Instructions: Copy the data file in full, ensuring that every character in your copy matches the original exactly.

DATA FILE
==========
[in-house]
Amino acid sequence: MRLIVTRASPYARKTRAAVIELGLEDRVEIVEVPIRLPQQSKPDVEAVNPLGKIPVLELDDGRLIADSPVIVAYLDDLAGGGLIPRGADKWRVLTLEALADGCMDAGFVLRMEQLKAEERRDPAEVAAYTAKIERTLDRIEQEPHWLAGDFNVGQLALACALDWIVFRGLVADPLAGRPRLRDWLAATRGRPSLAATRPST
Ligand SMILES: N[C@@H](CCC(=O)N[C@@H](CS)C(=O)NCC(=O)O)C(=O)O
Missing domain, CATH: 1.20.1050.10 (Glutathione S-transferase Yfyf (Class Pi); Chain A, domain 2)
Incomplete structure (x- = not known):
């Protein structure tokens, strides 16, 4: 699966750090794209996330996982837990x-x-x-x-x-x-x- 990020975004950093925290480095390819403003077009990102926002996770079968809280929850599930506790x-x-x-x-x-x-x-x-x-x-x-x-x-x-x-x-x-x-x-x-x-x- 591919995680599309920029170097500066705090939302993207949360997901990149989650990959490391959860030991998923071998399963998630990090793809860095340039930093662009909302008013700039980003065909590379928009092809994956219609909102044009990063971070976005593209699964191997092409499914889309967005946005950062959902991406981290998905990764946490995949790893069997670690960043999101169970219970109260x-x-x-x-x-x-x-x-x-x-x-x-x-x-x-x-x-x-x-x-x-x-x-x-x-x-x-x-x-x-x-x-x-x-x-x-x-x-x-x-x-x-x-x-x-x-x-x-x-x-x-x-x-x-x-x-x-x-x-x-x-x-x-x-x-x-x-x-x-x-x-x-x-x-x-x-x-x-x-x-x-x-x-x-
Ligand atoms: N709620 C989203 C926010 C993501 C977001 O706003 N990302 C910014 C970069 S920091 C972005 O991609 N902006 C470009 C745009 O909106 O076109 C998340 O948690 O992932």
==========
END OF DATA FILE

[in-house]
Amino acid sequence: MRLIVTRASPYARKTRAAVIELGLEDRVEIVEVPIRLPQQSKPDVEAVNPLGKIPVLELDDGRLIADSPVIVAYLDDLAGGGLIPRGADKWRVLTLEALADGCMDAGFVLRMEQLKAEERRDPAEVAAYTAKIERTLDRIEQEPHWLAGDFNVGQLALACALDWIVFRGLVADPLAGRPRLRDWLAATRGRPSLAATRPST
Ligand SMILES: N[C@@H](CCC(=O)N[C@@H](CS)C(=O)NCC(=O)O)C(=O)O
Missing domain, CATH: 1.20.1050.10 (Glutathione S-transferase Yfyf (Class Pi); Chain A, domain 2)
Incomplete structure (x- = not known):
């Protein structure tokens, strides 16, 4: 699966750090794209996330996982837990x-x-x-x-x-x-x- 990020975004950093925290480095390819403003077009990102926002996770079968809280929850599930506790x-x-x-x-x-x-x-x-x-x-x-x-x-x-x-x-x-x-x-x-x-x- 591919995680599309920029170097500066705090939302993207949360997901990149989650990959490391959860030991998923071998399963998630990090793809860095340039930093662009909302008013700039980003065909590379928009092809994956219609909102044009990063971070976005593209699964191997092409499914889309967005946005950062959902991406981290998905990764946490995949790893069997670690960043999101169970219970109260x-x-x-x-x-x-x-x-x-x-x-x-x-x-x-x-x-x-x-x-x-x-x-x-x-x-x-x-x-x-x-x-x-x-x-x-x-x-x-x-x-x-x-x-x-x-x-x-x-x-x-x-x-x-x-x-x-x-x-x-x-x-x-x-x-x-x-x-x-x-x-x-x-x-x-x-x-x-x-x-x-x-x-x-
Ligand atoms: N709620 C989203 C926010 C993501 C977001 O706003 N990302 C910014 C970069 S920091 C972005 O991609 N902006 C470009 C745009 O909106 O076109 C998340 O948690 O992932």